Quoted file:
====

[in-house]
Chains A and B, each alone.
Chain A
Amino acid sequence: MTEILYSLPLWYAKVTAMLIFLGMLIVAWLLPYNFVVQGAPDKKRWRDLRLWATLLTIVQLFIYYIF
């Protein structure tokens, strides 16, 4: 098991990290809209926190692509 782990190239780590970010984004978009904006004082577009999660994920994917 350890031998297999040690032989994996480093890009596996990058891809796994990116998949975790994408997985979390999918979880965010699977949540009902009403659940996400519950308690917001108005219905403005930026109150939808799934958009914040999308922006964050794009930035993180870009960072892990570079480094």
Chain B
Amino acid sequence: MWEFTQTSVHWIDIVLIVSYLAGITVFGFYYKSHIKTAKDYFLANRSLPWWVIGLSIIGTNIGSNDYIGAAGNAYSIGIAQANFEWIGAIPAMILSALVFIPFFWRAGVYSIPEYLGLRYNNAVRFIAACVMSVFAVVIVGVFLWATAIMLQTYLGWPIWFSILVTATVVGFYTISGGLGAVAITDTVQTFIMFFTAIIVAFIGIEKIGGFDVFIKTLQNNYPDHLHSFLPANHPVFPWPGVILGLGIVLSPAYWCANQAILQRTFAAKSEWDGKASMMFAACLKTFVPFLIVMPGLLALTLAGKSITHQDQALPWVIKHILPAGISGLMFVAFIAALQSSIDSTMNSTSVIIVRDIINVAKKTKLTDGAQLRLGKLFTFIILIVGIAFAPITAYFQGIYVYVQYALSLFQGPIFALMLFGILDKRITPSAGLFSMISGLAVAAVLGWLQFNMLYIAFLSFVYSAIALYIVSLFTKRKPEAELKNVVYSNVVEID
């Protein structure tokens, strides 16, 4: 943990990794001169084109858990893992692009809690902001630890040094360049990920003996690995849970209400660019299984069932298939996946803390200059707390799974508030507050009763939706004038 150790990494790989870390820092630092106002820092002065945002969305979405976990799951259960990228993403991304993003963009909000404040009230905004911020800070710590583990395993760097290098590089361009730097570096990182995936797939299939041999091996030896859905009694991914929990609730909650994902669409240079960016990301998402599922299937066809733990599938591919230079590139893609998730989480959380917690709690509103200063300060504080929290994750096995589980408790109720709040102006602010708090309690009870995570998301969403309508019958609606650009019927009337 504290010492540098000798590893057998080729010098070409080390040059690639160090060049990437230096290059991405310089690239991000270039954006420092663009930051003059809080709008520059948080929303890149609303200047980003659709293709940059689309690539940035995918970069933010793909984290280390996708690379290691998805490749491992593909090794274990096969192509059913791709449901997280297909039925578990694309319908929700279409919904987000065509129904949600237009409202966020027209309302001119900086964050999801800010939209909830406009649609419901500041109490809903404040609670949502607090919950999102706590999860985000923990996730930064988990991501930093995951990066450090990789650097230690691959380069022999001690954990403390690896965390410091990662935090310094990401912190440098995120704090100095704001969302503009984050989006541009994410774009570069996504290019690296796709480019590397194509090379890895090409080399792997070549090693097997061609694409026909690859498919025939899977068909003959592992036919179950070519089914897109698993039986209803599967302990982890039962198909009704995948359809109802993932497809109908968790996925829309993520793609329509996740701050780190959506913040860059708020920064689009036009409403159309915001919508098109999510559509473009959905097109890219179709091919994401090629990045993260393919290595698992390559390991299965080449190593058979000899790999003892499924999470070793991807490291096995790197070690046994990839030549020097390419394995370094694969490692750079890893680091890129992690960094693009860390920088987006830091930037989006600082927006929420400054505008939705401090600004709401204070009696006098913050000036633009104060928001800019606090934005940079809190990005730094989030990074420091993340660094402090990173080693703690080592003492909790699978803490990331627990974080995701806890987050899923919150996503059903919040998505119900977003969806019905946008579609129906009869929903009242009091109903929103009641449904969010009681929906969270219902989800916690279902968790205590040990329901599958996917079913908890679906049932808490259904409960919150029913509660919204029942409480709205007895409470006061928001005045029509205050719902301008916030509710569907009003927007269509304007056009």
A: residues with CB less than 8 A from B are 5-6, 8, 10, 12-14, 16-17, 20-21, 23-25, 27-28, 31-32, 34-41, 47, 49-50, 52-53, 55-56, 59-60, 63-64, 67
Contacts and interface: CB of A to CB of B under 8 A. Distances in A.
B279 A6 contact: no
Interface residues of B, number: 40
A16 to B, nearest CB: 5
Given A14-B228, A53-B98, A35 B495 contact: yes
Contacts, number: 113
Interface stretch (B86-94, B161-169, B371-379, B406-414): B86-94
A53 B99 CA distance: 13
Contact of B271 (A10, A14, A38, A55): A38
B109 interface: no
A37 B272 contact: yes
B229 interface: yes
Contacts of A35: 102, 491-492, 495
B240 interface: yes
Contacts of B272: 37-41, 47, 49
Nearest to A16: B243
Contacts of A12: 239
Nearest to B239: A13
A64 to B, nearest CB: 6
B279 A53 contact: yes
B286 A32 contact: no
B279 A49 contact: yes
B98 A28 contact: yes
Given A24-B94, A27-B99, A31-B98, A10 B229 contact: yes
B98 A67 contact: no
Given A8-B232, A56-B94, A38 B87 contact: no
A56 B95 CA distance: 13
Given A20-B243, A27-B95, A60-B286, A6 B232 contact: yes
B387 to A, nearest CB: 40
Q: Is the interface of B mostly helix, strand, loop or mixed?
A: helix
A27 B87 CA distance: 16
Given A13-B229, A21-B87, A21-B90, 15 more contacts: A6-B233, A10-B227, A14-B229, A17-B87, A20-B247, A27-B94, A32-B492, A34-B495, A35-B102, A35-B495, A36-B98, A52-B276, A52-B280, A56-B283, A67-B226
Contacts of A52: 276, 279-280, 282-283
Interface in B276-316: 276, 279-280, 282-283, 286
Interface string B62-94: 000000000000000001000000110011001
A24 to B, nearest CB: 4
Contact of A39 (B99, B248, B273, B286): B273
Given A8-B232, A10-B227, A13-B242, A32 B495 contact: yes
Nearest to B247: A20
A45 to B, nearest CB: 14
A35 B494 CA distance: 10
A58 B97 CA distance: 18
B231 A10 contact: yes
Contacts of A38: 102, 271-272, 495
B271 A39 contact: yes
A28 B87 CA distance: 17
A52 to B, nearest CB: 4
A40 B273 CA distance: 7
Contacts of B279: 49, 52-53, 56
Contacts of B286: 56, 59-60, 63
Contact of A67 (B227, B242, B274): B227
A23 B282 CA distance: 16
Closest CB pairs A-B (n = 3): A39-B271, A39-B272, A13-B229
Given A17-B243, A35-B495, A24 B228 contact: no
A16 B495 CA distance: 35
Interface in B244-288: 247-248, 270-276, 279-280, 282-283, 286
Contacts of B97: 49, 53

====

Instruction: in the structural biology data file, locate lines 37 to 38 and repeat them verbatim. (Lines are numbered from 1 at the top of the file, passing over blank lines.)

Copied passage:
Given A20-B243, A27-B95, A60-B286, A6 B232 contact: yes
B387 to A, nearest CB: 40